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Paterson-Matheson House

1039 Louise Avenue, Brandon, Manitoba, R7A, Canada

Formally Recognized: 1984/05/23

Primary elevation, from the south, of the Paterson-Matheson House, Brandon, 2006; Historic Resources Branch, Manitoba Culture, Heritage, Tourism and Sport, 2006
Primary Elevation
Contextual view, from the southwest, of the Paterson-Matheson House, Brandon, 2006; Historic Resources Branch, Manitoba Culture, Heritage, Tourism and Sport, 2006
Contextual View
Detail view of the Paterson-Matheson House, Brandon, 2006; Historic Resources Branch, Manitoba Culture, Heritage, Tourism and Sport, 2006

Other Name(s)

Addictions Foundation
Fondation de lutte contre les dépendances
Paterson-Matheson House

Links and documents

Construction Date(s)

1893/01/01 to 1893/12/31

Listed on the Canadian Register: 2007/10/25

Statement of Significance

Description of Historic Place

The splendid Paterson-Matheson House, with its elaborate Eastlake-style decoration, is a prominent feature in a residential neighbourhood west of Brandon's downtown business core. The 1893 brick-veneer structure, with its large 1904 addition, occupies a narrow corner lot in an area that retains its heritage character. The provincial designation applies to the 2 1/2-storey dwelling and its site.

Heritage Value

The Paterson/Matheson House is one of Manitoba's finest late nineteenth century houses, a rare example of a Queen Anne Revival design with Eastlake detailing, and good illustration of a brick-veneer dwelling turned into something quite extraordinary through the use of ornamental details. Built for prominent Brandon businessman George A Paterson, the building's decorative elements, such as gingerbread trim, turned posts and spindle work, as well as its corner location and long yard make the house a distinctive local landmark. A magnificent stained-glass window entitled "Listening," designed by noted Winnipeg artist John Allward, is a unique feature of the dwelling's rich interior.

Source: Manitoba Heritage Council Minutes, May 23, 1984

Character-Defining Elements

Key elements that define the heritage character of the site include:
- placement of the house on a narrow grassed corner lot with the front (south) elevation facing Louise Avenue and the west elevation facing 11th Street in Brandon
- the orientation of the L-shaped corner verandah and tower balcony to the street intersection

Key elements of the Queen Anne Revival design and Eastlake detailing that make the Paterson-Matheson House a local landmark include:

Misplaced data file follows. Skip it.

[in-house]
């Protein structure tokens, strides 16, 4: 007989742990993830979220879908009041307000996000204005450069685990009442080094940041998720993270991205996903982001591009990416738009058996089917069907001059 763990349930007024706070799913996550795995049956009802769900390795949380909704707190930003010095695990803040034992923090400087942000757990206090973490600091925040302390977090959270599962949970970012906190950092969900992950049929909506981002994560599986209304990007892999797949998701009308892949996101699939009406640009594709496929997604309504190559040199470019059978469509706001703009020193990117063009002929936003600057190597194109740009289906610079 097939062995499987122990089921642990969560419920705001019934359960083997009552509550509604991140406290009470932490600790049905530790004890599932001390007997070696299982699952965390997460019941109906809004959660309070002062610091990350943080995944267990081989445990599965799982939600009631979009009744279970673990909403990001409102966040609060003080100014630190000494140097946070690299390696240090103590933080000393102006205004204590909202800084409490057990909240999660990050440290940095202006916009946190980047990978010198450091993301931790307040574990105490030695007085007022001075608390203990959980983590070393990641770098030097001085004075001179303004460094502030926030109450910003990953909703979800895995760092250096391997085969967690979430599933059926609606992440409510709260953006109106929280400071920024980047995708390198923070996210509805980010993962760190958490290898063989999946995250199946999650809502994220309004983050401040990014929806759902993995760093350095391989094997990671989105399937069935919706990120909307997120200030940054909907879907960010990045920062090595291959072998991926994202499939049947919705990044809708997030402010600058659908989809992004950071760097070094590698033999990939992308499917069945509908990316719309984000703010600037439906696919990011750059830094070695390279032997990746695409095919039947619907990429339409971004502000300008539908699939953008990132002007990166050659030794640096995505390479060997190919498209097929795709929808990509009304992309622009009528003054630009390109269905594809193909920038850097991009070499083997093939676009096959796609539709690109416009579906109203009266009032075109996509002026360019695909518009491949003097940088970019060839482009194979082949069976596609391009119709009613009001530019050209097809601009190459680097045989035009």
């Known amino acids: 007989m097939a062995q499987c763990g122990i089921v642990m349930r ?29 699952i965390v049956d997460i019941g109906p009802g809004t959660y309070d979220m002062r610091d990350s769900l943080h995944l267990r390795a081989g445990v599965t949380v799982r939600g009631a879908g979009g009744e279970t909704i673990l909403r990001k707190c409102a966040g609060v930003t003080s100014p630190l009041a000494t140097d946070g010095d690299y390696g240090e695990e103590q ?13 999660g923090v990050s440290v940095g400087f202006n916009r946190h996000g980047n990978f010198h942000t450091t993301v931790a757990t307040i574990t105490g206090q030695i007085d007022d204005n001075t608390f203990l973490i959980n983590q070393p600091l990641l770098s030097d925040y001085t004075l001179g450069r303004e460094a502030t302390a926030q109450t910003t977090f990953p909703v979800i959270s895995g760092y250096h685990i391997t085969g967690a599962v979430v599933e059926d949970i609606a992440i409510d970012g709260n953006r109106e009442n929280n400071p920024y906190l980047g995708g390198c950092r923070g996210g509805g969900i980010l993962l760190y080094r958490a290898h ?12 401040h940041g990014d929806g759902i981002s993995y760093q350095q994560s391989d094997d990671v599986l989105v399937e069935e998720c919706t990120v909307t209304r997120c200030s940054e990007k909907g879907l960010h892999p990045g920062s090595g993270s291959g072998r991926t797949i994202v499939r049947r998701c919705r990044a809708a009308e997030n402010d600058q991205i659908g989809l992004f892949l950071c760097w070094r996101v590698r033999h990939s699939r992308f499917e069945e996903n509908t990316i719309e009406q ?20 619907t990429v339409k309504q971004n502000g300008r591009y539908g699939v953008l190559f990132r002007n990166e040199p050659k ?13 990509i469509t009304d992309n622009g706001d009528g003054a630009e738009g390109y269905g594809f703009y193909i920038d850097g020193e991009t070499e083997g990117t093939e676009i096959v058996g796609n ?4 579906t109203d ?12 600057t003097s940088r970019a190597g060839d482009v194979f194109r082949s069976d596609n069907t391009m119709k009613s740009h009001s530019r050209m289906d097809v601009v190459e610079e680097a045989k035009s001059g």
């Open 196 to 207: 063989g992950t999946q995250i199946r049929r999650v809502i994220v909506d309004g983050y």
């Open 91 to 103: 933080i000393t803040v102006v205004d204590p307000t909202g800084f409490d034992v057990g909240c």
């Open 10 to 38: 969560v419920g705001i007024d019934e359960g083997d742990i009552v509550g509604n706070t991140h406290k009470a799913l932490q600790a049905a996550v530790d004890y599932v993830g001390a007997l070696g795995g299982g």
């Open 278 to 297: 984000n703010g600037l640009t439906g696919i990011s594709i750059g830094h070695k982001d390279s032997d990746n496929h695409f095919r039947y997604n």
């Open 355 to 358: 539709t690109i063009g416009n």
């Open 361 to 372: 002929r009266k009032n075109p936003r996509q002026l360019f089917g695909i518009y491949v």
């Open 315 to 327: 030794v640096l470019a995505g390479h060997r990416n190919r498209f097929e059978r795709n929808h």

- the asymmetrical form of the 1893 structure, with elements such as the complex hip roof with steep cross-gable roofs; the angled front verandah and tower balcony with a conical roof at the southwest corner; the two-storey gabled bay on the west facade; etc.
- the 1904 north addition with a steep cross-gable roof, gabled dormers on two sides and a two-storey gabled bay in the northwest corner
- the abundance of wooden Eastlake ornamentation, including the elaborately turned posts, ball spindles, curved brackets and spindle work in the verandah, the circular tower balcony with turned posts, the tower finials, ornate gingerbread trim with semi-circular decorations within the gables, etc.
- the number and variety of windows, including tall rectangular openings with arched heads and decorative keystones on all four elevations and small rectangular openings in the dormer and gable ends
- the variety of materials and details, including the light red-brown brick wall surfaces, limestone window sills, a stringcourse that wraps around the structure's second floor, tall brick chimneys with chimney caps, etc.

Key elements of the dwelling's rich interior character include:
- the spacious expanded layout, based on a side-hall plan, with large living and dining rooms, kitchen, den and small sitting room on the main floor and a grand open staircase to the second-floor hallway and bedrooms
- the richly detailed oak staircase, with a fine curved balustrade and the Allward stained-glass window in an oak casing on the second-floor landing
- elaborate fireplaces in walnut or oak surrounds, each with tile inlay and mirrored overmantels, in the sitting room, den and second-floor hall
- fine stained-glass windows in the dining and sitting rooms, leaded-glass openings in the living room and den and a small coloured-glass window under the main staircase
- many original features, including classically detailed, dark-stained oak door and window casings with elaborate heads, high oak baseboards, oak pocket doors in the hall between the living and dining rooms, free-standing carved Corinthian columns that flank the sitting room doorways, the oak front and second-floor doors with oval windows of bevelled glass, oak flooring at the front entrance, maple floors in the dining room, hall and den, etc.




Recognition Authority

Province of Manitoba

Recognition Statute

Manitoba Historic Resources Act

Recognition Type

Provincial Heritage Site

Recognition Date


Historical Information

Significant Date(s)

1904/01/01 to 1904/12/31

Theme - Category and Type

Peopling the Land

Function - Category and Type


Single Dwelling


Group Residence

Architect / Designer




Additional Information

Location of Supporting Documentation

Main Floor 213 Notre Dame Avenue Winnipeg MB R3B 1N3

Cross-Reference to Collection

Fed/Prov/Terr Identifier




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